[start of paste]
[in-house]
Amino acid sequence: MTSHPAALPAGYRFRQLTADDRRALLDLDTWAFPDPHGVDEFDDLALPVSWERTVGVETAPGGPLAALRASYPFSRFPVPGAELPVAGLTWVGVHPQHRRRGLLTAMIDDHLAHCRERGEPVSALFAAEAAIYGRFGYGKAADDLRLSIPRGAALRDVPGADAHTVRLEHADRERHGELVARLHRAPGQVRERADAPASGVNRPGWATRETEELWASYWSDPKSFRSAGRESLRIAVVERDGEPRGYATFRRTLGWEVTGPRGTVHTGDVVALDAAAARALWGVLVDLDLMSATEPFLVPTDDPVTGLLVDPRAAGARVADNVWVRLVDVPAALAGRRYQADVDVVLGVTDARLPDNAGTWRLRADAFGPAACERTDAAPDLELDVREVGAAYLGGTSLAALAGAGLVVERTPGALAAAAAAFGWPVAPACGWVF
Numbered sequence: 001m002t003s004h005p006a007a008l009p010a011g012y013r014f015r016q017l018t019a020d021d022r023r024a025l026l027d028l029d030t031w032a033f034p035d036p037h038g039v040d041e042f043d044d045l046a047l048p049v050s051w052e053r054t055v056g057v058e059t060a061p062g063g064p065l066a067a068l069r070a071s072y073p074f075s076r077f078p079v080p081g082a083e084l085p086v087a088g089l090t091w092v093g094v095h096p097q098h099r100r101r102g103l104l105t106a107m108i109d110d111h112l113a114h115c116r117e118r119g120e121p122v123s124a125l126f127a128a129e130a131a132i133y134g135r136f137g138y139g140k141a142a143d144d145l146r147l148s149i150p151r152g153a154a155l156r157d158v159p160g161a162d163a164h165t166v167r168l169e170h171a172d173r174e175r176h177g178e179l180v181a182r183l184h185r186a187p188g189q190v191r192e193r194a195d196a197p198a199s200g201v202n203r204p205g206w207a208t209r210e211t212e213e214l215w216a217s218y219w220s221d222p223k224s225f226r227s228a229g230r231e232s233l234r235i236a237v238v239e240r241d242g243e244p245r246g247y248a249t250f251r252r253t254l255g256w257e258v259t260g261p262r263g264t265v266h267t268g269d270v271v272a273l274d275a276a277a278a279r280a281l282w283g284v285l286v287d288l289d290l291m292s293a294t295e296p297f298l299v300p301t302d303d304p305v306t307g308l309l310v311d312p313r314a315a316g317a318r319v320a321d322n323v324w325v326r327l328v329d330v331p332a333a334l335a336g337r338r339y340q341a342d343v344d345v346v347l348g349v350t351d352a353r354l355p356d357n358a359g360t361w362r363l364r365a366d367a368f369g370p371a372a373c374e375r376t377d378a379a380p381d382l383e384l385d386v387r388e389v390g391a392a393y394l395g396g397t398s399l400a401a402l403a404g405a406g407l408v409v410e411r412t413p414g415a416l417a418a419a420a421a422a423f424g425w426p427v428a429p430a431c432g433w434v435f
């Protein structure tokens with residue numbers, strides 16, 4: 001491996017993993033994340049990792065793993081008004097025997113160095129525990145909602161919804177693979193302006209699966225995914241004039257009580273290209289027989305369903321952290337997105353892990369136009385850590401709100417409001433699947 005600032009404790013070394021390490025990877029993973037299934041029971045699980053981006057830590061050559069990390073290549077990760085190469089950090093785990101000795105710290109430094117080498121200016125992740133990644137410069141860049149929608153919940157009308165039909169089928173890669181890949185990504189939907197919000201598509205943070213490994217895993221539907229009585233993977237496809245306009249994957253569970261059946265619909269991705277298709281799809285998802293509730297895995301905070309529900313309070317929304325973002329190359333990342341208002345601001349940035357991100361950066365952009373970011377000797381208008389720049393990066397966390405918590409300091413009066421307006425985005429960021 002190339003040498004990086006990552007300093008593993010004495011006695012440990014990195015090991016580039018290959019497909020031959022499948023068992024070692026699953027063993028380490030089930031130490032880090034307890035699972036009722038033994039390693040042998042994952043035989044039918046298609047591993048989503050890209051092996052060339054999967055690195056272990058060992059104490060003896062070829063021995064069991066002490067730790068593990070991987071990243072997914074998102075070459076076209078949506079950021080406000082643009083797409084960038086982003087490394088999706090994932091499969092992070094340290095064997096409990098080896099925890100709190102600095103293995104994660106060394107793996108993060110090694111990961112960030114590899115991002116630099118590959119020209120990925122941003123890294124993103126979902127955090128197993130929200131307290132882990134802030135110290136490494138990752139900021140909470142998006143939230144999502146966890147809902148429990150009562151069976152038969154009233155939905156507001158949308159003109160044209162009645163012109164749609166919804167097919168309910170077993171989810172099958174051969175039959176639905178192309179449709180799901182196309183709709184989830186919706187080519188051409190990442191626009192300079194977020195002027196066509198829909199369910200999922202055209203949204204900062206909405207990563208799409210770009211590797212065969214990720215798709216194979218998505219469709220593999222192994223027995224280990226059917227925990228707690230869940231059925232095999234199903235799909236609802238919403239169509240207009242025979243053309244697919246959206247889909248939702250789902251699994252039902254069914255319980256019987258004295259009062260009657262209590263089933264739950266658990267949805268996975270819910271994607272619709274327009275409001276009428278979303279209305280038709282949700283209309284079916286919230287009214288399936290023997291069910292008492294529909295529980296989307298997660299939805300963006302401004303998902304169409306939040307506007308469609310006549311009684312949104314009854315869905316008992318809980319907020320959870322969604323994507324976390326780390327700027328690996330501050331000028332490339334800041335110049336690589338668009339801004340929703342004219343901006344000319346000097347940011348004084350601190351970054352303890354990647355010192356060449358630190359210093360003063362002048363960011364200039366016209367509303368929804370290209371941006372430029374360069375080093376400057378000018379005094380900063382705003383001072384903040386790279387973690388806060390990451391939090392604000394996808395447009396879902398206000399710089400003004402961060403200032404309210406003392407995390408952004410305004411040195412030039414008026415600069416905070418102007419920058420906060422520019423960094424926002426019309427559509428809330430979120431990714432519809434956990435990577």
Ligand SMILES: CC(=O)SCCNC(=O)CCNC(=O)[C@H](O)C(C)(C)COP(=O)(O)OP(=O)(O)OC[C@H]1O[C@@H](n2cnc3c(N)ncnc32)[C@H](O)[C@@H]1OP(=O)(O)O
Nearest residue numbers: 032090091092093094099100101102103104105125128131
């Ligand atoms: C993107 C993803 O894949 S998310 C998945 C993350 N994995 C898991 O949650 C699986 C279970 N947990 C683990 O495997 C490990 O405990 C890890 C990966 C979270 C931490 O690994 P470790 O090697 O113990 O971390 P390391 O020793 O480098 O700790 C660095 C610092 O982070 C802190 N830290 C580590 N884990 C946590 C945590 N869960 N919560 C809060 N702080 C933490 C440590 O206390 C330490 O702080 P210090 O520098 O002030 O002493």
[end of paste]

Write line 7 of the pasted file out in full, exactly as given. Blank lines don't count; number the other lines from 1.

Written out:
């Ligand atoms: C993107 C993803 O894949 S998310 C998945 C993350 N994995 C898991 O949650 C699986 C279970 N947990 C683990 O495997 C490990 O405990 C890890 C990966 C979270 C931490 O690994 P470790 O090697 O113990 O971390 P390391 O020793 O480098 O700790 C660095 C610092 O982070 C802190 N830290 C580590 N884990 C946590 C945590 N869960 N919560 C809060 N702080 C933490 C440590 O206390 C330490 O702080 P210090 O520098 O002030 O002493």